Art Theft: The Many Intriguing and Famous Cases in History



Art theft is an complex and ancient criminal activity. When you take a look at the a few of the most well-known cases of art thefts in history, you see completely planned operations that include art dealers, art fakers, mobsters, ransoms, and millions of dollars. Here you can check out a few of the most popular cases of art theft in the history.

The First Theft:
The first documented case of art theft remained in 1473, when 2 panels of altarpiece of the Last Judgment by the Dutch painter Hans Memling were stolen. While the triptych was being transferred by ship from the Netherlands to Florence, the ship was assaulted by pirates who took it to the Gdansk cathedral in Poland. Nowadays, the piece is revealed at the National Museum in Gdansk where it was just recently moved from the Basilica of the Presumption.

One Of The Most Famous Theft:
The most popular story of art theft includes among the most famous paintings in the world and among the most famous artists in history as a suspect. In the night of August 21, 1911, the Mona Lisa was stolen from the Louver. Quickly after, Pablo Picasso was arrested and questioned by the police, however was released rapidly.

It turned out that the 30 × 21 inch painting was taken by one of the museum staff members by the name of Vincenzo Peruggia, who merely brought it hidden under his coat. The criminal activity was thoroughly conducted by a well-known con guy, Eduardo de Valfierno, who was sent by an art faker who planned to make copies and sell them as if they were the initial painting.

While Yves Chaudron, the art faker, was hectic creating copies for the famous masterpiece, Mona Lisa was still hidden at Peruggias home. Eventually, Peruggia was captured by the cops while attempting to offer the painting to an art dealer from Florence, Italy.

The Greatest Theft in the U.S.A:
The most significant art theft in United States took place at the Isabella Stewart Gardner Museum. On the night of March 18, 1990, a group of thieves using authorities uniforms broke into the museum and took thirteen https://www.youtube.com/playlist?list=PLNxmDR0Lf7eKav0Z4XkSZcWl9N4D2c9qa paintings whose cumulative worth was estimated at around 300 million dollars. The burglars took two paintings and one print by Rembrandt, and works of Vermeer, Manet, Degas, Govaert Flinck, along with a French and a Chinese artifact.

Since yet, none of the paintings have been found and the case is still unsolved. According to current reports, the FBI are examining the possibility that the Boston Mob along with French art dealers are linked to the crime.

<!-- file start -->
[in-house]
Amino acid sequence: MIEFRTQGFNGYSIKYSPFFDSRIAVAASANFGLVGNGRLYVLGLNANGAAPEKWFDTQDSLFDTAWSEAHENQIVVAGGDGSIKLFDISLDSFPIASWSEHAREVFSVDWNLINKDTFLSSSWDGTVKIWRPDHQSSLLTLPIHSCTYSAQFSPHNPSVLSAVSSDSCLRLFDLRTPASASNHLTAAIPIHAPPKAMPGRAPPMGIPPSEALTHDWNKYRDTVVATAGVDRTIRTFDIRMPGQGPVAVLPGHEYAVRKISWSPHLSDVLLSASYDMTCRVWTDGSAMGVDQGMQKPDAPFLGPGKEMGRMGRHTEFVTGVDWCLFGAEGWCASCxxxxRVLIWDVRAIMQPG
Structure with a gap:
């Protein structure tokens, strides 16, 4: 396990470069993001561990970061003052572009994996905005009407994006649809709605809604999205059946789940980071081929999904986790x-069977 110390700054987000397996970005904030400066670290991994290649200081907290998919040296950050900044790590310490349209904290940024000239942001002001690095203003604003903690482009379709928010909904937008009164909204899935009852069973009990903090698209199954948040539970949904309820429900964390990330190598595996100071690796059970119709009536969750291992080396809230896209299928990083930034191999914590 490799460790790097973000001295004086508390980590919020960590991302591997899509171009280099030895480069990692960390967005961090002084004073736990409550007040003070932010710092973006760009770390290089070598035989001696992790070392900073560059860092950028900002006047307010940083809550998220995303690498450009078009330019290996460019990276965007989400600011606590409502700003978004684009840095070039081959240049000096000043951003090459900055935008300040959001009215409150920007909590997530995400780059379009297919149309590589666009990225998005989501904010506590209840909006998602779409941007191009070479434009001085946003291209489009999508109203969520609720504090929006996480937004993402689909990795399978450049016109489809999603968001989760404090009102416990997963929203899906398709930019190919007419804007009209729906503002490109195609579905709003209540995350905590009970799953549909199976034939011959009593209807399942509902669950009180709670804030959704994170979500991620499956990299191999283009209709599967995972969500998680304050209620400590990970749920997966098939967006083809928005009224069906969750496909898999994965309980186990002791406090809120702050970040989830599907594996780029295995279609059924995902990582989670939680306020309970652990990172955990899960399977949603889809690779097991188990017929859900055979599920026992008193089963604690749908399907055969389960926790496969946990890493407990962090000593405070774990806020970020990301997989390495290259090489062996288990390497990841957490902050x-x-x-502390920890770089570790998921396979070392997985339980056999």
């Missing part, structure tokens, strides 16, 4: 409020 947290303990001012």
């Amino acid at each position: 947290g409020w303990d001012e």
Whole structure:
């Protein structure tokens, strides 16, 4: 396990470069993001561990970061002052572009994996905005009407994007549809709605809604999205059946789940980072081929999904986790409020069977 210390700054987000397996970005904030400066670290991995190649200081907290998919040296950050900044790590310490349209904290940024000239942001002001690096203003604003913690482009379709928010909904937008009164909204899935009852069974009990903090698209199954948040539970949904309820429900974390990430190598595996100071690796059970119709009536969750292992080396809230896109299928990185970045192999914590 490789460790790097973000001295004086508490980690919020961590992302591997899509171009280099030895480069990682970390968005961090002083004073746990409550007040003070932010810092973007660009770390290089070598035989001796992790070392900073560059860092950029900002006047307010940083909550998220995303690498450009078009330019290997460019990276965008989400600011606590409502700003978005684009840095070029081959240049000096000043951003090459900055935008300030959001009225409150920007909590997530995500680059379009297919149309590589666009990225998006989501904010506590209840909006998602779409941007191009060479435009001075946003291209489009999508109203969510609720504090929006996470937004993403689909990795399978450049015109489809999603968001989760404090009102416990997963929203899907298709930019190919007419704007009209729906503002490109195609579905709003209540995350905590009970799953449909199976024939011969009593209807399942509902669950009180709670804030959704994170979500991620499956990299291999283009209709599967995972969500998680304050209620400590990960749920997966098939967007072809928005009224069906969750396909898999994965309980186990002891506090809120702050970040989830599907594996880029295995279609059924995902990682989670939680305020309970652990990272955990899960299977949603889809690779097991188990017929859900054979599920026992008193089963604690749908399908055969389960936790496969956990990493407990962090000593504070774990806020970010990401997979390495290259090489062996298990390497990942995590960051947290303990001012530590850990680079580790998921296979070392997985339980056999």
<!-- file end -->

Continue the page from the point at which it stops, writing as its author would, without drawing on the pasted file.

The Scream:
The painting by Edvard Munchs, The Scream, is most likely the most demanded painting by art thieves in history. It has been taken two times and was only just recently recovered. In 1994, throughout the Winter Season Olympics in Lillehammer, Norway, The Scream was stolen from an Oslo gallery by 2 thieves who broke through an open window, set off the alarm and left a note stating: thanks for the bad security.

3 months https://medium.com/@kurtcriter later, the holders of the painting approached the Norwegian Government with an offer: 1 million dollars ransom for Edvard Munchs The Scream. The Federal government denied the offer, however the Norwegian authorities collaborated with the British Cops and the Getty Museum to organize a sting operation that revived the painting to where it belongs.

While Museum authorities waiting for the thieves to request ransom loan, rumors claimed that both paintings were burned to conceal proof. Eventually, the Norwegian cops found the two paintings on August 31, 2006 however the truths on how they were recovered are not known.


When you look at the some of the most well-known cases of art thefts in history, you see completely prepared operations that involve art dealers, art fakers, mobsters, ransoms, and millions of dollars. The most famous story of art theft includes one of the most popular paintings in the world and one of the most well-known artists in history as a suspect. The criminal offense was thoroughly conducted by a notorious con man, Eduardo de Valfierno, who was sent out by an art faker who planned to make copies and offer them as if they were the original painting.

Eventually, Peruggia was captured by the cops while attempting to sell the painting to an art dealer from https://www.youtube.com/playlist?list=PLNxmDR0Lf7eKav0Z4XkSZcWl9N4D2c9qa Florence, Italy. The painting by Edvard Munchs, The Scream, is probably the most looked for after painting by art thieves in history.

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